Delirium Prevention and Safety:
Starting with the ABCDE’s
It is essential to consider delirium management in the broader picture of ICU patient care as a major piece of the current guidelines for Pain, Agitation, and Delirium (PAD) of the Society of Critical Care Medicine (SCCM). Advancements in research and technology are resulting in higher acuity and increased complexity of care, which is resulting in drastic increases in workload and demands on staff. More than ever, there is a great need to develop simpler ways of implementing safer and better care into practice for our sickest patients.
The ABCDE bundle is one way to align and coordinate care, which includes specific focus on delirium as a component of the overall care patients receive including sedation and pain medications, breathing machines, and mobilization. This bundle has multiple, evidenced based components, interdependent, and designed to:
- Improve collaboration and coordination among clinical team members
- Standardize care processes
- Decrease delirium
- Break the cycle of oversedation and prolonged ventilation
What are the components of the ABCDE bundle?
(See menu on the left for more information on each component)
Think of the ABCDEs as a means of putting best practice into the real world of your ICU. Why use a mnemonic? Because it provides a sticky (i.e., easy to remember) message, and it is evidence based (all created from data published in high impact journals such as JAMA, Lancet, and NEJM). Outcomes of mechanically ventilated patients can be improved if the interventions described in the ABCDE approach are used together as a bundle (M Balas CCM, 2013 in press) and discussed regularly on rounds with your interdisciplinary team. To ensure that bundles remain scientifically credible and have the maximum possible impact on outcomes, periodic updating based on new evidence is critical. The ABCDE bundle, in accordance with the Society of Critical Care Medicine’s 2013 Clinical Practice Guidelines for the Management of Pain/Agitation/Delirium (PAD) in Adult ICU Patients, must include routine pain, agitation, and delirium screening and management through the use of valid and reliable tools. These tools are well outlined in the PAD Guidelines and many are available on this website.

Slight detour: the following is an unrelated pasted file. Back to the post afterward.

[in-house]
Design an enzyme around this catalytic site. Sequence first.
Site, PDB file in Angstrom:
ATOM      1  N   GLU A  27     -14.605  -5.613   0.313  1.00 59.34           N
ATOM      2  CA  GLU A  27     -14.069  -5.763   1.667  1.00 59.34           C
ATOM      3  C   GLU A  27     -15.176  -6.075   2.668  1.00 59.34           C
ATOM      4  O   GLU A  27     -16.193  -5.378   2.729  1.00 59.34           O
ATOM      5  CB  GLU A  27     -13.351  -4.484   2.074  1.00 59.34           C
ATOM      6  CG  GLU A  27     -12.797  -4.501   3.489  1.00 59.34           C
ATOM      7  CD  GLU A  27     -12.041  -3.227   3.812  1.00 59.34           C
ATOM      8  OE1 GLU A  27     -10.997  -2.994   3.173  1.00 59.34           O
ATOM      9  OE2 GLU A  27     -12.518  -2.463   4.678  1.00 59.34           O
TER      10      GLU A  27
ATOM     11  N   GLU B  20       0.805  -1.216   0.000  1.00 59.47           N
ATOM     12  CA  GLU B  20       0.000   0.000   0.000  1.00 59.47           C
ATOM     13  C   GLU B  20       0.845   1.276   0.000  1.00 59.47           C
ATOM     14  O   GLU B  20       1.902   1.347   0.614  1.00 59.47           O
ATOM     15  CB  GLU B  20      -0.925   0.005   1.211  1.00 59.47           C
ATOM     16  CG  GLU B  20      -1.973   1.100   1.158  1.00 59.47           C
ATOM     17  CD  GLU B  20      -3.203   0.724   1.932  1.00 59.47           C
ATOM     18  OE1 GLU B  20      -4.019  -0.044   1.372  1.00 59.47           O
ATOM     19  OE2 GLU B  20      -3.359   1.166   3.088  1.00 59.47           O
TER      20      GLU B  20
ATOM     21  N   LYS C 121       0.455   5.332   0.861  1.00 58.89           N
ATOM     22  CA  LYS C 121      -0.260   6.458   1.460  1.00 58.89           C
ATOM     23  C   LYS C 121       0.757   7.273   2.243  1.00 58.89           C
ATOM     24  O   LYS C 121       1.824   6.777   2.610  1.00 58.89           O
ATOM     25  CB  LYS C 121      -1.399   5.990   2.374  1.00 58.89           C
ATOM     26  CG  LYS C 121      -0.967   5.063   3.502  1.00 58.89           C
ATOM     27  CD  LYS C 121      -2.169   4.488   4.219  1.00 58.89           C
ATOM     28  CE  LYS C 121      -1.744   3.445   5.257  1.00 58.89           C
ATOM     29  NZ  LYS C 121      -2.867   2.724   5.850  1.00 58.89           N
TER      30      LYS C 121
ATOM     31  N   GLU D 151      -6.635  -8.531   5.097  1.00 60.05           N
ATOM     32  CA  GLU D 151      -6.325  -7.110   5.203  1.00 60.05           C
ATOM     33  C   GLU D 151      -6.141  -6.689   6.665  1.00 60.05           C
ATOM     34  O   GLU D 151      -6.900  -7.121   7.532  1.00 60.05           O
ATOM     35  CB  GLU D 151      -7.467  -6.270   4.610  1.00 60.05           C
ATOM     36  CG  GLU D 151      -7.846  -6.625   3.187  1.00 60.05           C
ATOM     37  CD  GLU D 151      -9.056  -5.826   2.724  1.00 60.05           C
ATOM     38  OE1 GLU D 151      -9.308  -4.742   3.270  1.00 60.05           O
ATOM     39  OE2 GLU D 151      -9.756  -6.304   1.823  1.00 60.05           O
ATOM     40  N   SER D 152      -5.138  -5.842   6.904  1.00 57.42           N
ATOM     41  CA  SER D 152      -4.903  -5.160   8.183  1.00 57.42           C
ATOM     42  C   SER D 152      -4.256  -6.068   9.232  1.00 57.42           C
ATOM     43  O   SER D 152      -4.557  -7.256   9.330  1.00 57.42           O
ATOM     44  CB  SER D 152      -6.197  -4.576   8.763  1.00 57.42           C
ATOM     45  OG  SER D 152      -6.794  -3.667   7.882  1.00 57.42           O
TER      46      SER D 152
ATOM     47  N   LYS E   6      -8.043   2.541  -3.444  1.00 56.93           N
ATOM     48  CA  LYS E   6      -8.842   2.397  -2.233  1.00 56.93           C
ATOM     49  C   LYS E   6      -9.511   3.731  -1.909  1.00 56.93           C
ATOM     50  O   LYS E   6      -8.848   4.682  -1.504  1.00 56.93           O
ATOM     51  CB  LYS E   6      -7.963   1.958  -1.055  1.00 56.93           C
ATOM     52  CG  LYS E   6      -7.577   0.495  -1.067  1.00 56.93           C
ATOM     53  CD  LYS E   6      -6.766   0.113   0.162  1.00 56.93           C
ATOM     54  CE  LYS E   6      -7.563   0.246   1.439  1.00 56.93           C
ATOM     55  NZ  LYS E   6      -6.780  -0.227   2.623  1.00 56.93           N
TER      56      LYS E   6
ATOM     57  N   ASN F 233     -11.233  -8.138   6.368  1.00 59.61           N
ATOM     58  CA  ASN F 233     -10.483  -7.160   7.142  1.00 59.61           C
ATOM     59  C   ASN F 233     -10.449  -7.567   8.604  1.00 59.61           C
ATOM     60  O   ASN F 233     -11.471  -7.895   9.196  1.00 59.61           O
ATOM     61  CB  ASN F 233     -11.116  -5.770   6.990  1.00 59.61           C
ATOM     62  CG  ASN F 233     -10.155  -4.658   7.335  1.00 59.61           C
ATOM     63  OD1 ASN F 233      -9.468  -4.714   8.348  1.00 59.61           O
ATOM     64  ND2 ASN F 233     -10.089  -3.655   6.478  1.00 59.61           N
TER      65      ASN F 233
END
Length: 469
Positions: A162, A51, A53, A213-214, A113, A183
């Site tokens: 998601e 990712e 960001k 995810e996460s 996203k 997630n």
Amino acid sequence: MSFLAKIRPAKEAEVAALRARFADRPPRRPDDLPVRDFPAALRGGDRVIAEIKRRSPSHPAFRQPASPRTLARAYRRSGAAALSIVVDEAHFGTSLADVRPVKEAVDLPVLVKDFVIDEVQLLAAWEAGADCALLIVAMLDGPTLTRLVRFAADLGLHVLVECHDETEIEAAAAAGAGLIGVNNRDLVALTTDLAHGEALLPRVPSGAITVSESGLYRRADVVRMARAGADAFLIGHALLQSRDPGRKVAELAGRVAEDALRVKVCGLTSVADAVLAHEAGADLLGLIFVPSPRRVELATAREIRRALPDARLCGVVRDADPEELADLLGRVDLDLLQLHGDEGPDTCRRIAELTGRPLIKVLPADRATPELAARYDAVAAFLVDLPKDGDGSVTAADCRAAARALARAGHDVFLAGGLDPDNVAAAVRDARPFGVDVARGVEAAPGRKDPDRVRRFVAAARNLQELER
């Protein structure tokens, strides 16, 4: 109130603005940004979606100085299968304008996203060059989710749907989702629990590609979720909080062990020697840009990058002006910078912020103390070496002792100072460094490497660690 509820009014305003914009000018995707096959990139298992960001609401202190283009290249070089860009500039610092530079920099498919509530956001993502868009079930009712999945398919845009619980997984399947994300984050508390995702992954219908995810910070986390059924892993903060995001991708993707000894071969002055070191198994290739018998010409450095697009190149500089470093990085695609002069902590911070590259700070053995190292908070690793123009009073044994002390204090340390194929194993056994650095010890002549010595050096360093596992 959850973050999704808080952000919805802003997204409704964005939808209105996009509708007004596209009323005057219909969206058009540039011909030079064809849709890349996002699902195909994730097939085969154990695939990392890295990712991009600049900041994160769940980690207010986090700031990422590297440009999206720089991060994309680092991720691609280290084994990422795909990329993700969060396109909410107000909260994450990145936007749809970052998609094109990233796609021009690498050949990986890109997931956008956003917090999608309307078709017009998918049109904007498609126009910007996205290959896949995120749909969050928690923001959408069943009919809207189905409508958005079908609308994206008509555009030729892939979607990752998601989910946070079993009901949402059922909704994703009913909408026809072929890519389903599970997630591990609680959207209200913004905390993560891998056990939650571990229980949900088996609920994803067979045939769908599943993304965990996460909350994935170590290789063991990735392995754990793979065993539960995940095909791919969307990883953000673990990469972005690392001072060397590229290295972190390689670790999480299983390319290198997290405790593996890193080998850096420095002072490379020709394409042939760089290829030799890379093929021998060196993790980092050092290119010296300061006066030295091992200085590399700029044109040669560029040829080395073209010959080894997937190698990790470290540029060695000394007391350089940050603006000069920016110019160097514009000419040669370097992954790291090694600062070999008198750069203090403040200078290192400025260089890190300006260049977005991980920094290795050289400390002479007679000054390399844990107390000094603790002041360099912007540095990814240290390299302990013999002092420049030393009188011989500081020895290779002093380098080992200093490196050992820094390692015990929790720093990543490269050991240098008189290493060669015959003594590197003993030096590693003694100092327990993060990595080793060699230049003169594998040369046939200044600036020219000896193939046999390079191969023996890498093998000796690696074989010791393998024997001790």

So what is a BUNDLE anyway?
This is a published conversation that took place within the largest quality improvement organization in the U.S. called the Institute for Healthcare Improvement (IHI). The IHI's Rethinking Critical Care program has incorporated concepts related to the ABCDEs and the PAD Guidelines that can be found on their secure website.
Three commonly misunderstood aspects of the ABCDEs are as follows:
- MYTH: The ABCDEs and PAD are advocating different things.
- TRUTH: These are similar constructs. As noted above, think of the ABCDEs as a way of operationalizing the 2013 PAD guidelines. There are many ways of going about this; the ABCDE Bundle is just one way of talking about and organizing this “new culture” of lighter sedation, attention to delirium, and early mobility. Just like the PAD does advocate early mobility even though mobility is not explicitly stated in the title, so Pain is also included in the ABCDEs even though that mnemonic doesn’t include a “P.”
- MYTH: Pain is not a part of the ABCDEs.
- TRUTH: The “Pain” piece is not explicitly given a “letter” in the ABCDE mnemonic, yet it is and always has been an integral component of this management plan for patients. In the original ABC study we published in Lancet (Girard T et al, 2008, see Timeline), we never turned off opioids or other analgesics unless the pain assessment by the nurse revealed adequate pain control.
- MYTH: If an ICU is not completely turning off sedative medications, it is not embracing SATs or the ABCDEs.
- TRUTH: The original ABC study, as well as other subsequent publications and quality improvement projects have prioritized the concept of a “complete shut off” of sedation and analgesia once the patient is felt to be pain free and passes the SAT safety screen. However, there are hospitals in general or specific patients in whom a reduction in sedative dose without a complete shut-off is indicated for safety reasons. This SAT and SBT approach supported by the NEJM and Lancet studies is not a “one shoe fits all.” We must use clinical judgment. If the reason we are leaving the potent sedative medications going in our patients is mostly because “that is our culture” or the staff are too busy to deal with an interactive patient, then that likely needs to be re-evaluated and solutions found.
AACN Resources: Implementing the ABCDE Bundle at the Bedside
The American Association of Critical Care Nurses (AACN) has put together a toolkit for implementing the ABCDE bundle at the bedside. This toolkit includes both resources for the specific components of the bundle as well as tools for change/implementation. It has been endorsed by the Agency for Healthcare Research and Quality (AHRQ)AACN ABCDE Implementation Toolkit
Reducing iatrogenic risks: ICU-acquired delirium and weakness-crossing the quality chasm.Vasilevskis EE et al. Chest. 2010
Read on PubMed.gov
Critical Care Nurses’ Role in Implementing the ABCDE BundleBalas MC et al., Crit Care Nurse. 2012
Read on PubMed.gov
Implementing the 2013 PAD guidelines: top ten points to consider.Pun BT, Balas MC, Davidson J, Semin Respir Crit Care Med. 2013
Read on PubMed.gov
Brain Disorders in Critical IllnessFirst ever comprehensive textbook in this field of critical illness brain injury.
View on Amazon.com
Delirium in Critical CareSuccinct handbook on ICU Delirium
View on Amazon.com